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Massive NFL policy change that nobody is talking about


SSOG

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It's really flying under the radar, not getting much publicity, but the new NFL media policy mandates that all players will be required to speak to reporters at least once a week during the season or be subject to a fine. As a Broncos fan, I'm outraged by what is clearly an attack against our offensive line and their long-standing policy to not speak to the media. Here's hoping that the big boys up front take a stand against this injustice and pay the fines rather than talking.

Come on guys, stick it to the man! :banned:

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I think this is bs. I an not a Broncos fan and not sure whether this is aimed at them or not, but players should have the right not to talk as well as talk if they so choose. As long it is a choice by the player, they should be allowed to do what they choose.

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I think this is bs. I an not a Broncos fan and not sure whether this is aimed at them or not, but players should have the right not to talk as well as talk if they so choose. As long it is a choice by the player, they should be allowed to do what they choose.

I disagree. The NFL should have the right to tell their own employees what to do.
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I think this is bs. I an not a Broncos fan and not sure whether this is aimed at them or not, but players should have the right not to talk as well as talk if they so choose. As long it is a choice by the player, they should be allowed to do what they choose.

They can always get a job in another industry if they don't like the rules.
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I think this is bs. I an not a Broncos fan and not sure whether this is aimed at them or not, but players should have the right not to talk as well as talk if they so choose. As long it is a choice by the player, they should be allowed to do what they choose.

Fans sign their paychecks really, not the owners, the team, or the NFL. Fans like to hear from players, get their autographs etc. Often times fans can't speak to players directly but instead have to deal with the press being the middleman. Since papers sell real well in America I'm figuring fans are OK with this. Fans cough up tons of money for these players to live like kings, the least they could do is chat once a week.
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I think this is bs. I an not a Broncos fan and not sure whether this is aimed at them or not, but players should have the right not to talk as well as talk if they so choose. As long it is a choice by the player, they should be allowed to do what they choose.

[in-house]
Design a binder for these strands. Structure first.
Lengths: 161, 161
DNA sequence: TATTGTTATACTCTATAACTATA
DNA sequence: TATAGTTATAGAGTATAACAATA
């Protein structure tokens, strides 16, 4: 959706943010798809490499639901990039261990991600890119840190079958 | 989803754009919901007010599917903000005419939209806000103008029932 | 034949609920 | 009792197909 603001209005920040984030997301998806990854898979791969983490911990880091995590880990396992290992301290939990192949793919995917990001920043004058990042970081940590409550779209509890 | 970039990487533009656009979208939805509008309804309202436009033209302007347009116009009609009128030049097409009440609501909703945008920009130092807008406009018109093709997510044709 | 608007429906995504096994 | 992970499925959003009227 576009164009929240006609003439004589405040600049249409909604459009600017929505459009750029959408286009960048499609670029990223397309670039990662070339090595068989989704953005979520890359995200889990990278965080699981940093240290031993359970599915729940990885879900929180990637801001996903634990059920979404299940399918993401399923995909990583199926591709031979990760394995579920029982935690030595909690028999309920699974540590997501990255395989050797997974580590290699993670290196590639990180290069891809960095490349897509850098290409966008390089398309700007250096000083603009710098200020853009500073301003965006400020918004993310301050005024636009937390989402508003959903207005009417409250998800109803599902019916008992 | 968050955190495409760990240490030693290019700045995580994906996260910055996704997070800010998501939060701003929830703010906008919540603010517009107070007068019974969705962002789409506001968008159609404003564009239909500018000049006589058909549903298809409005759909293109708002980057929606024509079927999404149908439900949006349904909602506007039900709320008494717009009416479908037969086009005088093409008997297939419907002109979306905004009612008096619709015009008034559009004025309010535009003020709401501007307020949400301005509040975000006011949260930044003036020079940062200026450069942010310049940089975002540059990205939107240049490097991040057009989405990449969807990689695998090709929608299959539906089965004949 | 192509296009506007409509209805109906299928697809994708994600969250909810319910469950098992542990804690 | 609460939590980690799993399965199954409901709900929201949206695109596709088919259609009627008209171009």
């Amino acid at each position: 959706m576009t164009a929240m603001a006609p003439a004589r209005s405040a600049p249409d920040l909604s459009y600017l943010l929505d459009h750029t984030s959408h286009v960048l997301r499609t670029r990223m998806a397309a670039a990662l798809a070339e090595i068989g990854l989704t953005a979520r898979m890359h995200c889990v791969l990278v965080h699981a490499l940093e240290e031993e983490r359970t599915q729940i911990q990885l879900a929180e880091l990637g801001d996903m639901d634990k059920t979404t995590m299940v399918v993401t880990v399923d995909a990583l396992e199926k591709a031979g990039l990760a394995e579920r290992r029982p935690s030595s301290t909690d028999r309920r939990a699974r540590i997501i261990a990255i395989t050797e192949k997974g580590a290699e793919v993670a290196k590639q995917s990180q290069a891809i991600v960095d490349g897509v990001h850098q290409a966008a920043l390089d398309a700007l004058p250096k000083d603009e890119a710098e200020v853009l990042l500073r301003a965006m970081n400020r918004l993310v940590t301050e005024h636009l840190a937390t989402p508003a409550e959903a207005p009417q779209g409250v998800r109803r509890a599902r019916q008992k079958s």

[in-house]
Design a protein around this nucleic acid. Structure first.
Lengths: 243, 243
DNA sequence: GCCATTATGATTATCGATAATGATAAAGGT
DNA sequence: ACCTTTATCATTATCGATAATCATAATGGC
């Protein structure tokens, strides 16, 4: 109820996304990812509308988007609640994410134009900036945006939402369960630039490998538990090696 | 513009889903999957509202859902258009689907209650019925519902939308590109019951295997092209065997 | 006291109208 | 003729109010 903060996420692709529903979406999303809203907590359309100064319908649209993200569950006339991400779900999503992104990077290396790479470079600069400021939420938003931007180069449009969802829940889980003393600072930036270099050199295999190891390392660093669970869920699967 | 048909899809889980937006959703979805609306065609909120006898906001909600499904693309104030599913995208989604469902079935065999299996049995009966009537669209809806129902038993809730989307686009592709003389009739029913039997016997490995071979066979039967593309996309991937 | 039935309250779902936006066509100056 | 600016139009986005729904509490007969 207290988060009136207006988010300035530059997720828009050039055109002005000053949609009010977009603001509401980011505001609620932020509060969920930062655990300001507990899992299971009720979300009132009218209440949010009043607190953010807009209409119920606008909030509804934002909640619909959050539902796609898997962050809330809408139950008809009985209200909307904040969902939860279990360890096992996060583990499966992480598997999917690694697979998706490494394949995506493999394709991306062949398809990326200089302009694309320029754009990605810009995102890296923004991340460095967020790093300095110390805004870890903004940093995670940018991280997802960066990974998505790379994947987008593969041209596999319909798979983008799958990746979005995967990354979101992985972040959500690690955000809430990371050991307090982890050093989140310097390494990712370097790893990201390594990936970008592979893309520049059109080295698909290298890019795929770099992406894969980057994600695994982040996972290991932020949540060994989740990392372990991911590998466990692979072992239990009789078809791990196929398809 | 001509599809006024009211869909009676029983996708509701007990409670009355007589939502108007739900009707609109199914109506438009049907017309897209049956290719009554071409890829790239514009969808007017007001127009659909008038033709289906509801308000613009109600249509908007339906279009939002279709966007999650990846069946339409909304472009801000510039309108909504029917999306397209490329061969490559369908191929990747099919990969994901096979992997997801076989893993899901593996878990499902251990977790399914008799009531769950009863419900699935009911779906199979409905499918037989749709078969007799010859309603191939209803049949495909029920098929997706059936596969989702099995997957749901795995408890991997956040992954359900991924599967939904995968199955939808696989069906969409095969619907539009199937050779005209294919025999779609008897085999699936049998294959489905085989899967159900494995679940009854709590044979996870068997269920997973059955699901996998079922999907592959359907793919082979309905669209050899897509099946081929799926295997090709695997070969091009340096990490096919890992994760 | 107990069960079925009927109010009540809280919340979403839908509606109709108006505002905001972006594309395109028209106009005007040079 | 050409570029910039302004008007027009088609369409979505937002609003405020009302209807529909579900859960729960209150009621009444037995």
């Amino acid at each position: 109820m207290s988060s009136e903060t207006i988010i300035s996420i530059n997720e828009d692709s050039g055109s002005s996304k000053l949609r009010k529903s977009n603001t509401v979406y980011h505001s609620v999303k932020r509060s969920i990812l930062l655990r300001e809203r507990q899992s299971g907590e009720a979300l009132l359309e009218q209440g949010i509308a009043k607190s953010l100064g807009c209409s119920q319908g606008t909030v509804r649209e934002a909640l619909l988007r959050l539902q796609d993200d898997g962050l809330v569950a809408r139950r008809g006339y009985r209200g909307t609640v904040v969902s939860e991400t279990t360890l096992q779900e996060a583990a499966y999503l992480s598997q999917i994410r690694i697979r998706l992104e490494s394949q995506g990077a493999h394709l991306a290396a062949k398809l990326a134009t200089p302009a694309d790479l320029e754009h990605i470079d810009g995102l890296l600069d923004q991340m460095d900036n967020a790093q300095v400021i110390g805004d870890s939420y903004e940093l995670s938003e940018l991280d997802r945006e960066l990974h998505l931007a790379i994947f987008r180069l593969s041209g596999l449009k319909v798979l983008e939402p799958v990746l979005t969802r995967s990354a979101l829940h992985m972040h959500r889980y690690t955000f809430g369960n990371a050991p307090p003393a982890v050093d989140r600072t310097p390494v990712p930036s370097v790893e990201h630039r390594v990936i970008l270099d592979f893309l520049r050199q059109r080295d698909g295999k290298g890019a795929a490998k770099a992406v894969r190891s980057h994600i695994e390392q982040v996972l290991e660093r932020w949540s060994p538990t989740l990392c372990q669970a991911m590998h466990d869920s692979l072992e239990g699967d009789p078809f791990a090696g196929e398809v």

I disagree. The NFL should have the right to tell their own employees what to do.
As far as behavior, yes. But not on whether or not they should speak.
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Big deal. Write a script. Everyone repeats it verbatim, sticking it to the man!

Something along the lines of:Emmett Fitz-Hume: Well of course their requests for subsidies was not paraguayan in and of it is as it were the United States government would never have if the president, our president, had not and as far as I know that's the way it will always be. Is that clear? :thumbup:
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Is this really "massive"? Seems like a non-issue. How often do reporters really want to get into indepth reports with offensive linemen anyways? I can't remember many besides a couple post game comments.

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This isn't Russia..........Is this Russia? This isn't Russia.

People have the right to remain silent in this country. It what is called an inalienable right. That means can't be seperated from the citizen.

The NFL is becoming a little too big for their britches IMO by trying to circumvent the Constitution on the basis that they "own" the players.

Players are not property of the NFL. They are not "The Product". They are only employees. And no, you aren't required to speak to the media in any other profession, so why the NFL?

:popcorn: to the NFL.

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I thought this threads was going to be about enforcing illegal blocks and cheap shots.

At least now they will have to show their faces after a game where they destroyed another players knee/career.
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It's really flying under the radar, not getting much publicity, but the new NFL media policy mandates that all players will be required to speak to reporters at least once a week during the season or be subject to a fine. As a Broncos fan, I'm outraged by what is clearly an attack against our offensive line and their long-standing policy to not speak to the media. Here's hoping that the big boys up front take a stand against this injustice and pay the fines rather than talking.Come on guys, stick it to the man! <_<

Go in front of the camera, wait for the question, say no comment and walk off the stage.
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Big deal. Write a script. Everyone repeats it verbatim, sticking it to the man!

Reminds when one of the Phillies got sick of answering the same stupid questions and wrote out 50 or so sports cliches ("I'm just happy to be here." , "We need to give 110 percent.", etc) and hung them in his locker. The reporter would ask him a question and he'd look at the chart and say "Number 42" or whatever.